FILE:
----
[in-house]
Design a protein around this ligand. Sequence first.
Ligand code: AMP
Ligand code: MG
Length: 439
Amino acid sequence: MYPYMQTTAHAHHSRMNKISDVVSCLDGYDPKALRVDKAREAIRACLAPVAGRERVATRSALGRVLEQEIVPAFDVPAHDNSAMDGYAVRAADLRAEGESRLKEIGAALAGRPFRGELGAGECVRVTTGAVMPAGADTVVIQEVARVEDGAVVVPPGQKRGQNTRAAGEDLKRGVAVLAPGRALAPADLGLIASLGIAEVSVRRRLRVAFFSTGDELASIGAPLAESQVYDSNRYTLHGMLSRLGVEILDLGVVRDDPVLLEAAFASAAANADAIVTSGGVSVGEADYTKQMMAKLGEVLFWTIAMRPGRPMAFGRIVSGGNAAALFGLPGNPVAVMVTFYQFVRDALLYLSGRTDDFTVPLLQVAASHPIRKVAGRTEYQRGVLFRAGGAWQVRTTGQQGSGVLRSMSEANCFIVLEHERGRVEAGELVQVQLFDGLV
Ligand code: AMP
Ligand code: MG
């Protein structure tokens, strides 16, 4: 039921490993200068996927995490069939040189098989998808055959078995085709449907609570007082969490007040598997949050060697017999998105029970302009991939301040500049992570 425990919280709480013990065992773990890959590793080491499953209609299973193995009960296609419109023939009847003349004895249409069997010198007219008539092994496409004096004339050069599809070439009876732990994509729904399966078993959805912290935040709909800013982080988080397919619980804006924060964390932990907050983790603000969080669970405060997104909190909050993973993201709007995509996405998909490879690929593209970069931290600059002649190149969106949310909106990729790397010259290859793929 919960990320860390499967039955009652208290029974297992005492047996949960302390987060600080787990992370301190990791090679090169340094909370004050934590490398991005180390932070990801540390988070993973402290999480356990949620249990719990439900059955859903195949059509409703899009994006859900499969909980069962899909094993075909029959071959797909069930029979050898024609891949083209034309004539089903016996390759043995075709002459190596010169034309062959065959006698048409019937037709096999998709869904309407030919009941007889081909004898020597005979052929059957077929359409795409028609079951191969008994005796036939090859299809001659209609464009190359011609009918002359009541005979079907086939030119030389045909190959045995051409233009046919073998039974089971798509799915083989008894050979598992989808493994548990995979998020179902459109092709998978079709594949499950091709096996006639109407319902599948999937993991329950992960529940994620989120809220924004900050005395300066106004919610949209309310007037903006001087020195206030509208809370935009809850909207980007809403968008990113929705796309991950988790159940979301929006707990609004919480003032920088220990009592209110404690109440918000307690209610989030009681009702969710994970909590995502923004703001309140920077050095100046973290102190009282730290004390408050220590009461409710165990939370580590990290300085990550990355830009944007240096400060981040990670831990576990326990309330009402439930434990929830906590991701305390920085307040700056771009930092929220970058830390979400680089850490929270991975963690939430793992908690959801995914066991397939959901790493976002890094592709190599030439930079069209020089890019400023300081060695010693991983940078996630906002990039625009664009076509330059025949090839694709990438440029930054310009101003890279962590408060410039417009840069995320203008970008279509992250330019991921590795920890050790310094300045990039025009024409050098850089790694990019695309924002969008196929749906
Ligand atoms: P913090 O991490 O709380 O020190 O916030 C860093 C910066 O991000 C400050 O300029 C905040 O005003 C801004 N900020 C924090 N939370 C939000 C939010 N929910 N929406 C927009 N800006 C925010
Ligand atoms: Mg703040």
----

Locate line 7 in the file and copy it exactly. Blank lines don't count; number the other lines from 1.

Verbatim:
Ligand code: AMP